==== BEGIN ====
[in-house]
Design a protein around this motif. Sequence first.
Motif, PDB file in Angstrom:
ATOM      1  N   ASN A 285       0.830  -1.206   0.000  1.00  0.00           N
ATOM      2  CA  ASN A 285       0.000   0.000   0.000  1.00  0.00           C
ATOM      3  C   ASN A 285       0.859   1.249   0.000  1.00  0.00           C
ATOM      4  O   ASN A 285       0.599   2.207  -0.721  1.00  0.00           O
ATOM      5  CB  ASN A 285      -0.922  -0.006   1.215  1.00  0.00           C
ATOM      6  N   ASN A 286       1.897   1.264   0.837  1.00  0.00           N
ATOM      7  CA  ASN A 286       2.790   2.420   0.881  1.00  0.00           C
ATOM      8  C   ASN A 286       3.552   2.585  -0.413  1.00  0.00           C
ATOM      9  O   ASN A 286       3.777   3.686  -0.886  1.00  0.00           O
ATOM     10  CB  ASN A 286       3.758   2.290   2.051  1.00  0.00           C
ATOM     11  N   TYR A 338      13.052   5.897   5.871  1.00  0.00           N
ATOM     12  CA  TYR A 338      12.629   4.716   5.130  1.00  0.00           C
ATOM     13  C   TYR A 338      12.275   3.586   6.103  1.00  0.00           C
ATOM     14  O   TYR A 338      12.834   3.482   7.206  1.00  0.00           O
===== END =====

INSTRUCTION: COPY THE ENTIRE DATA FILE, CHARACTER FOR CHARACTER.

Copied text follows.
[in-house]
Design a protein around this motif. Sequence first.
Motif, PDB file in Angstrom:
ATOM      1  N   ASN A 285       0.830  -1.206   0.000  1.00  0.00           N
ATOM      2  CA  ASN A 285       0.000   0.000   0.000  1.00  0.00           C
ATOM      3  C   ASN A 285       0.859   1.249   0.000  1.00  0.00           C
ATOM      4  O   ASN A 285       0.599   2.207  -0.721  1.00  0.00           O
ATOM      5  CB  ASN A 285      -0.922  -0.006   1.215  1.00  0.00           C
ATOM      6  N   ASN A 286       1.897   1.264   0.837  1.00  0.00           N
ATOM      7  CA  ASN A 286       2.790   2.420   0.881  1.00  0.00           C
ATOM      8  C   ASN A 286       3.552   2.585  -0.413  1.00  0.00           C
ATOM      9  O   ASN A 286       3.777   3.686  -0.886  1.00  0.00           O
ATOM     10  CB  ASN A 286       3.758   2.290   2.051  1.00  0.00           C
ATOM     11  N   TYR A 338      13.052   5.897   5.871  1.00  0.00           N
ATOM     12  CA  TYR A 338      12.629   4.716   5.130  1.00  0.00           C
ATOM     13  C   TYR A 338      12.275   3.586   6.103  1.00  0.00           C
ATOM     14  O   TYR A 338      12.834   3.482   7.206  1.00  0.00           O